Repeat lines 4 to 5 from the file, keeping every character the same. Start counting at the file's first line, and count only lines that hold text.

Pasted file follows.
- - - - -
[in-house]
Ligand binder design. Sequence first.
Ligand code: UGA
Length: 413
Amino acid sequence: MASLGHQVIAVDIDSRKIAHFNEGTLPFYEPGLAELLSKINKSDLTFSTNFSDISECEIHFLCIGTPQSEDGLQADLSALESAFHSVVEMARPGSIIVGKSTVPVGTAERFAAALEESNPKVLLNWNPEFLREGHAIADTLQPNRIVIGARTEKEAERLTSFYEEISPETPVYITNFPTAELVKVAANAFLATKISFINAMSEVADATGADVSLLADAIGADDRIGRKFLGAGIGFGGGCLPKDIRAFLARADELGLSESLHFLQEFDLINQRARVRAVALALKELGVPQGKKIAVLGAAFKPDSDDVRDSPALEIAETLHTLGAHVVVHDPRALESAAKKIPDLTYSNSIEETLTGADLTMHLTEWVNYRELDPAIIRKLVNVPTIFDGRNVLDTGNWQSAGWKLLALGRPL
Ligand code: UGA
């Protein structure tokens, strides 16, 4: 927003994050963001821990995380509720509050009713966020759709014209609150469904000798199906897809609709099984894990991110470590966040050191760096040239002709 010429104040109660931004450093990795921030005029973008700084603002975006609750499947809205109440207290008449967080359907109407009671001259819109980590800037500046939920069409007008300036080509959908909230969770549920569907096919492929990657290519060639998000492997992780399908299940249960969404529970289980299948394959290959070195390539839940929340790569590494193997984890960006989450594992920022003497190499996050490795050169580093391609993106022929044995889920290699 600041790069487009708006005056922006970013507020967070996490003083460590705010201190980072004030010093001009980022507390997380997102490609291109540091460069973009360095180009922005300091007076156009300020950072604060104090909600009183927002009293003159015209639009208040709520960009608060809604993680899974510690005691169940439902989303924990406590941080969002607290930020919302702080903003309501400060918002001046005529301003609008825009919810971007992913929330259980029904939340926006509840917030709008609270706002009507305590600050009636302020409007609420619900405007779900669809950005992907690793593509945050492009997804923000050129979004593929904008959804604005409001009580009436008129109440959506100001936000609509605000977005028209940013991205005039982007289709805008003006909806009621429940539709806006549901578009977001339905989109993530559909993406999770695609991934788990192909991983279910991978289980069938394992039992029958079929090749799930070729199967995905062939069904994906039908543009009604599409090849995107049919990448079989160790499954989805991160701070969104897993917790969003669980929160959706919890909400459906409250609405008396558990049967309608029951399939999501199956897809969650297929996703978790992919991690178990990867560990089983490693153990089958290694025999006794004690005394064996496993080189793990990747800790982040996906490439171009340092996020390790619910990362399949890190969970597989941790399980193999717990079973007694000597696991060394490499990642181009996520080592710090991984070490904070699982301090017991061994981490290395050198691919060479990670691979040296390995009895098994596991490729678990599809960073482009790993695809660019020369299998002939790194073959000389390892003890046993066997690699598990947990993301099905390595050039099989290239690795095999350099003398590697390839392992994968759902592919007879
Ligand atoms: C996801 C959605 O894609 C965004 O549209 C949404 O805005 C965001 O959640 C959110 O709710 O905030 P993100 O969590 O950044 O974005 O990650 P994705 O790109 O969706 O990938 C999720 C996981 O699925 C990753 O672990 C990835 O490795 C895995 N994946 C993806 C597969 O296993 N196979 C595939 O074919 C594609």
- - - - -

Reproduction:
Length: 413
Amino acid sequence: MASLGHQVIAVDIDSRKIAHFNEGTLPFYEPGLAELLSKINKSDLTFSTNFSDISECEIHFLCIGTPQSEDGLQADLSALESAFHSVVEMARPGSIIVGKSTVPVGTAERFAAALEESNPKVLLNWNPEFLREGHAIADTLQPNRIVIGARTEKEAERLTSFYEEISPETPVYITNFPTAELVKVAANAFLATKISFINAMSEVADATGADVSLLADAIGADDRIGRKFLGAGIGFGGGCLPKDIRAFLARADELGLSESLHFLQEFDLINQRARVRAVALALKELGVPQGKKIAVLGAAFKPDSDDVRDSPALEIAETLHTLGAHVVVHDPRALESAAKKIPDLTYSNSIEETLTGADLTMHLTEWVNYRELDPAIIRKLVNVPTIFDGRNVLDTGNWQSAGWKLLALGRPL